Ask the Vet with Dr. Doug Pernikoff

Clarkson Wilson Veterinary Clinic

Q: My 3-year-old dog, Suzie, went out to go to the bathroom the other day and pooped—after sniffing it for some time, she ate it. She went through a phase where she did this as a puppy, and I thought she grew out of it. Now that she’s back at it, what can I do to stop this?

A: Dogs exploring and eating stool is not an uncommon action. People report this problem to us very frequently. I always ask folks to have them bring their dog in for an examination to include a fecal review and a review of their body weight over time. In more extreme cases, your veterinarian may even suggest blood tests to rule out other body problems or special issues like mineral deficiencies, as possible causes for this obnoxious behavior. The second most obvious suggestion is to attempt to keep your pet from accessing the stool. This may require walking your Suzie on a leash, rather than allowing her freedom to run the yard without direct supervision. Finally, many veterinarians will suggest a product like ‘Forbid’, which is fed directly to your dog in their food, and deters them from interest in stool. Anecdotally, people have suggested sprinkling ‘Adolph’s Meat Tenderizer’ directly onto stool in the yard. The problem here is that you are obligated to search around the yard for your pet’s stool, and possibly the stool of other pets or feral animals traversing that space.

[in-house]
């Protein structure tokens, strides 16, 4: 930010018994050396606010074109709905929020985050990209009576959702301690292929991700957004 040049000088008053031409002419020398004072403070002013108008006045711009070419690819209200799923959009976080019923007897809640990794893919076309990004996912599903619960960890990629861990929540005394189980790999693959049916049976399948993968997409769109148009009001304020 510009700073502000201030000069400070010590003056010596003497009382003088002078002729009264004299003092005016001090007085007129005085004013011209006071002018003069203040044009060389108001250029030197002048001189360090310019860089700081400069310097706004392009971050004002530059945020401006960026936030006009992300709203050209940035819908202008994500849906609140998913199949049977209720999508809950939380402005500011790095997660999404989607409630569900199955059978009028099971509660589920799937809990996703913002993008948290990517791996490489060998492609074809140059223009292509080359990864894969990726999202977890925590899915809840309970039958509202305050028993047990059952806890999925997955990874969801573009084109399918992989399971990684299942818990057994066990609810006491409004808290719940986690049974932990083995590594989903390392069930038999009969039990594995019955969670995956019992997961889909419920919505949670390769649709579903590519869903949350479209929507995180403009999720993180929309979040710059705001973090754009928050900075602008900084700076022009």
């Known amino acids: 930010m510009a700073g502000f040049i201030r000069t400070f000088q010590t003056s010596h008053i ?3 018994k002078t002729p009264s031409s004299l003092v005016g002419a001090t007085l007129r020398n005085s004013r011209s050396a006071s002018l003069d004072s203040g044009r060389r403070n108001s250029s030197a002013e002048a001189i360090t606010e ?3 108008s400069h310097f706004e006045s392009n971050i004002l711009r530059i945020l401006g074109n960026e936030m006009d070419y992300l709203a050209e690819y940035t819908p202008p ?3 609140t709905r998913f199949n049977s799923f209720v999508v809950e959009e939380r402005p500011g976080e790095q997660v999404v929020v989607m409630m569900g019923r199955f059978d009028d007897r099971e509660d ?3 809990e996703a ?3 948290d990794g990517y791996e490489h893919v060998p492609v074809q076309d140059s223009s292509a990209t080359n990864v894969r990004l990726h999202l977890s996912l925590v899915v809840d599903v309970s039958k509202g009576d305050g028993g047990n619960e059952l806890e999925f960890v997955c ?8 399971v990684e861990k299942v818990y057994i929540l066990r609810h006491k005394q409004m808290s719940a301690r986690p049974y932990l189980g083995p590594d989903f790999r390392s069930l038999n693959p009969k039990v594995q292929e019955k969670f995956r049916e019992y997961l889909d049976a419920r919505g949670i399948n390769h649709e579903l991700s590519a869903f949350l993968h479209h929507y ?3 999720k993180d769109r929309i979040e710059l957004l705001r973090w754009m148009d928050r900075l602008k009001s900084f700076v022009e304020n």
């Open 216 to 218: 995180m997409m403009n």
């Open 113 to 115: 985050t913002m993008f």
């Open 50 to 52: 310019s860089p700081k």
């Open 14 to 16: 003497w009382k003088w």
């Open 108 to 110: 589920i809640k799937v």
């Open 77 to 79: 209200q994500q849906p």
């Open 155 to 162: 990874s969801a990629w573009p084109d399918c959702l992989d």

Dr. Douglas PernikoffABOUT the Vet:

Dr. Douglas Pernikoff, affectionately referred to as “Dr. Doug”, is a 1975 honors graduate of the University of Missouri, College of Agriculture. Dr. Doug attended the University of Missouri Veterinary College and received his Doctor of Veterinary Medicine degree in 1981, with special honors awards including the Adrian J. Durant Avian Medicine Award, and elected membership into the Phi Zeta Veterinary Honors Society. Dr. Doug followed with graduate studies in Anthropology at Washington University, St. Louis. He serves on the boards of the “Loosen the Leash” and the “Center for American Archaeology” organizations in his spare time.

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